John Cage composed his classic performance piece Lecture on the Weather as a celebration of the USA’s Bicentennial in 1976. Using texts by Henry David Thoreau, recordings of nature, and projections, Cage’s work is a prescient and timeless sonic rumination on environmental and social concerns. An excerpt from the work reads: “More than anything else we need communion with everyone. Struggles for power have nothing to do with communion. Communion extends beyond borders: it is with one’s enemies also. Thoreau said: ‘The best communion men have is in silence.’” Also on the program will be Canadian composer Anne Southam’s Natural Resources.
Music in Time / Dialogues with Pedja Muzijevic
Four Haydn sonatas are interspersed with three modern works by Jonathan Berger, John Cage, and Morton Feldman, to offer listeners a fresh landscape for hearing works anew.
Mahler 4 and Dreaming
John Kennedy leads the Spoleto Festival USA Orchestra in Gustav Mahler’s Symphony no. 4, as well as the US-premiere performance of Dreaming by Icelandic composer Anna Thorvaldsdottir, which won the Nordic Council Music Prize in 2012.
For those or more conventional tastes, there is Tchaikovsky’s grand opera Eugene Onegin, based on Pushkin’s classic verse novel. Soprano Natalia Pavlova sings the part of Tatyana, among the greatest of female lead roles in the repertoire. The opera will be directed by Chen Shi-Zhen; Farnace by Vivaldi, to feature countertenor Anthony Roth Costanzo under the direction of festival alumna Garry Hynes, and Mozart’s Great Mass.
And, of course, there will be plenty of New Music in Geoff Nutall’s Chamber Music series, details to come.
As my old poli-sci professor used to say in class 50 years ago; “Charleston? Put that city under glass.”
Mater ora fillium: Music for Epiphany
Choir of Clare College, Cambridge; Michael Papadopoulos, organ; Graham Ross, director
Harmonia Mundi CD HUM907653
On the Christian calendar, tomorrow (January 6th) is the Feast of the Epiphany. There are several aspects to Epiphany. First, it is the “Twelfth Day” after Christmas, and so ends the celebrations of that merry season. Second, it is the commemoration of Jesus the Christ’s baptism by John the Baptist. Finally, in the spirit of ending a party with a magnificent and mysterious flourish, it is also commemorates the Visit of the Magi to the infant Jesus.
It is this third aspect of Epiphany that has most often drawn composers to create music commemorating the festival. On the Harmonia Mundi CD Mater ora filium: Music for Epiphany, Graham Ross presents a program of primarily sixteenth and twentieth century selections. It is Ross’s seventh such recording for HM that is based around one of the events or seasons on the liturgical calendar. Here the interested believer may find much music that, in addition to being entertaining, informs them about the history of the liturgy. However, Christian and secularist alike can enjoy the high level of musicality and sheer beauty of the voices of the Choir of Clare College, Cambridge.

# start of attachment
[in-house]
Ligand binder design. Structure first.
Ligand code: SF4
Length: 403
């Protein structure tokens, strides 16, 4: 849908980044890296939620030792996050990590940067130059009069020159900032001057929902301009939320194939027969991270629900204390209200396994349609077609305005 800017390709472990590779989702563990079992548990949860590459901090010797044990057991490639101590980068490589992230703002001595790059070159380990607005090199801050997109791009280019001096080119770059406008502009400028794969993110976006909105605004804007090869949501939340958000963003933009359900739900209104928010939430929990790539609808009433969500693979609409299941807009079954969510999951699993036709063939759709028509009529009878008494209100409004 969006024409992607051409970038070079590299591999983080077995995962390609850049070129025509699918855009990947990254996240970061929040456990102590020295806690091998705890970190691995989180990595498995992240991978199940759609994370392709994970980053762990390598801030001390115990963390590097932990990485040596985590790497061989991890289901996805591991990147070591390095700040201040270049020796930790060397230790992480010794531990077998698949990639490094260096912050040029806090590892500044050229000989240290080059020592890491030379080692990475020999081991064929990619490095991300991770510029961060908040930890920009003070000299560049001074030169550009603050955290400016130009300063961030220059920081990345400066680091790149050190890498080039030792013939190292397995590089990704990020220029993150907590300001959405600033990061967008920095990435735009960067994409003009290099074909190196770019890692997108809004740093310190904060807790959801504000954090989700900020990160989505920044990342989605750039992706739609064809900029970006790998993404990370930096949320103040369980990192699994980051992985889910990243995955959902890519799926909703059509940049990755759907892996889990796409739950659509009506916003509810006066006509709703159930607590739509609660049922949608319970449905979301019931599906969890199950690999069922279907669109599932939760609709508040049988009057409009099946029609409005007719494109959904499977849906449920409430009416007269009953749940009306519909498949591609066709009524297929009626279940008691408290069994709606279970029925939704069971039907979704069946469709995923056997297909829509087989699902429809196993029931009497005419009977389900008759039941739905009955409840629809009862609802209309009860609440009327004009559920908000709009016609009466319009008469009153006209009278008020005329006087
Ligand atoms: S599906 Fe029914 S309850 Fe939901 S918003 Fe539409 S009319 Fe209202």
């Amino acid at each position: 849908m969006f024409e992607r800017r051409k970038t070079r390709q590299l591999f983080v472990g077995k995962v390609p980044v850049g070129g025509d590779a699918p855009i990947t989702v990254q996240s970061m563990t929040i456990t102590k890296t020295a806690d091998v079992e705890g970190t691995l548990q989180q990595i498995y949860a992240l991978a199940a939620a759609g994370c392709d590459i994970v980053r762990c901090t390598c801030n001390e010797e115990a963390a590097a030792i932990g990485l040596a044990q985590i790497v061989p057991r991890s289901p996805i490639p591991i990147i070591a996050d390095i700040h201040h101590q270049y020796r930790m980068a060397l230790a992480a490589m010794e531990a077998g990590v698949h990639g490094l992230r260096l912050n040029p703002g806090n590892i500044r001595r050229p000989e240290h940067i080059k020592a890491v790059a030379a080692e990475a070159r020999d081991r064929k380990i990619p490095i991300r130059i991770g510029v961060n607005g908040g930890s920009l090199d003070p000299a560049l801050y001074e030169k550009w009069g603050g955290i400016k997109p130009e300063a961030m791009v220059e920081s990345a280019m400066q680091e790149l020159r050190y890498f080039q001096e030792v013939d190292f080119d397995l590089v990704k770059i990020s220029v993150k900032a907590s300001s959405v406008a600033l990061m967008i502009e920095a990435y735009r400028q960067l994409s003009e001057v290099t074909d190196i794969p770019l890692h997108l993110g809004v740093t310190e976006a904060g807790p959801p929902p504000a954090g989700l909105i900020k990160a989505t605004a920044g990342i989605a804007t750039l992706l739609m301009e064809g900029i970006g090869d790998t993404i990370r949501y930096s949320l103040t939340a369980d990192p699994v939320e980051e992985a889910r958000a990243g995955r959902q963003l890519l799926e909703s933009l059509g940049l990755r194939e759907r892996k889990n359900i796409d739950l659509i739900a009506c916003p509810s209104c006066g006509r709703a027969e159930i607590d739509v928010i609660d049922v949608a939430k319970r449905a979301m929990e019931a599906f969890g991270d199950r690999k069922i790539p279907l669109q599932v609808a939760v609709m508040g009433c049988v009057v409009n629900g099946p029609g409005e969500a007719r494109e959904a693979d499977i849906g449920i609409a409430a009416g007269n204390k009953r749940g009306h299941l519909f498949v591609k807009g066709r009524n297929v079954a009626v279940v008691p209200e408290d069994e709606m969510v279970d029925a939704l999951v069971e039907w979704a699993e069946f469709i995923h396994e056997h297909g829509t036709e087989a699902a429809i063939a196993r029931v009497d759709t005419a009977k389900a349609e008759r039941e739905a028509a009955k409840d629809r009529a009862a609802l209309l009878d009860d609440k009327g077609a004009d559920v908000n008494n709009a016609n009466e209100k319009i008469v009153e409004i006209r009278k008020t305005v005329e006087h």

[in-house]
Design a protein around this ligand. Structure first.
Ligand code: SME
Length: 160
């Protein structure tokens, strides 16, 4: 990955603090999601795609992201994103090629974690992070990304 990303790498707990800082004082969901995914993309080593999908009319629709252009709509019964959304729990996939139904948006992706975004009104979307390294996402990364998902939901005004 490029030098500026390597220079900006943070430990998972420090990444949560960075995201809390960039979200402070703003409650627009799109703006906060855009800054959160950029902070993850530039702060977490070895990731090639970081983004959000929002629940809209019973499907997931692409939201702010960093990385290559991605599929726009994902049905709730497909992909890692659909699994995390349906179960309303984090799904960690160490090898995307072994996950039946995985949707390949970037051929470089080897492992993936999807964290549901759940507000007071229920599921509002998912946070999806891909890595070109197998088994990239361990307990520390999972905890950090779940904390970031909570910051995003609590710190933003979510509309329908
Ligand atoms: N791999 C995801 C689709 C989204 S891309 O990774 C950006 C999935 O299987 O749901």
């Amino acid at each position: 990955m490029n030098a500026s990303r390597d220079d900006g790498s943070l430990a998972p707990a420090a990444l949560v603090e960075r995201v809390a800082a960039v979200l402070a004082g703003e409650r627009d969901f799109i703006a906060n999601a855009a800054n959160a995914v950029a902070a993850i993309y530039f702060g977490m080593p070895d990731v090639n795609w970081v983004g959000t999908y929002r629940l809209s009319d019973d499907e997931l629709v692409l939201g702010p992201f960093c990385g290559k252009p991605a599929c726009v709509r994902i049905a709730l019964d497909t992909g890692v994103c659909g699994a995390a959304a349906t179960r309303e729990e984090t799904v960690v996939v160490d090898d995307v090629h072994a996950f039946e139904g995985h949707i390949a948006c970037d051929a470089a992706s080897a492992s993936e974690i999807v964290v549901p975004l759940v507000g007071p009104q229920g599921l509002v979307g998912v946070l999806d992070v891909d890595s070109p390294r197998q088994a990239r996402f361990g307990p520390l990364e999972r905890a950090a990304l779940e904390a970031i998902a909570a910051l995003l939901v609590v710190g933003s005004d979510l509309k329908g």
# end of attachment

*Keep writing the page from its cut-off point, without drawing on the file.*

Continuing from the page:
The hymn singing alone, accompanied with rousing verve by organist Michael Papadopoulos, is remarkable. It includes favorites like “As With Gladness, Men of Old” and “Hail to the Lord’s Anointed,” as well as a lovely rendition of “O worship the Lord in the beauty of Holiness!” Renaissance era motets are well represented. Omnes de Saba by Orlande de Lassus is a particularly jubilant album opener. Purity of tone from sopranos and sepulchral notes from basses are on display, and carefully balanced, in Jean Mouton’s Nesciens Mater. Clarity of contrapuntal lines feature in Clemens non Papa’s Magi veniunt ab oriente and Giovanni Pierluigi da Palestrina’s Tribus miraculis ornatum. The varied tone colors brought to bear in William Byrd’s Ecce advenit dominator Dominus provide a sense of mysterious grandeur appropriate to the festival. Careful tuning of cross relations, as well as seamless alternation between the rhythms of chant and polyphony, supplies listeners to John Sheppard’s Regis Tharsis with a particularly evocative glimpse into another era’s harmonic and rhythmic sensibilities.
Balancing the early music selections are a number of fine pieces from the twentieth century. A standout is Long, Long Ago by Herbert Howells; an initially tender melody gradually rises to an exciting climax, juxtaposed with a steady buildup of added note chords. Another is Benedicamus Domino by Peter Warlock, in which an intricate swath of modal melodies is set against strongly articulated tutti chords. Despite the considerable challenges it poses, Illuminare, Jerusalem, by Judith Weir, is taken at a spirited gallop. Judith Bingham’s alluring Epiphany pits a colorful organ part against sinuous vocal chromaticism. Lennox Berkeley’s I sing of a maiden is delivered with haunting delicacy. All of this is capped off by the large-scale title work, a tour de force of choral writing by Arnold Bax.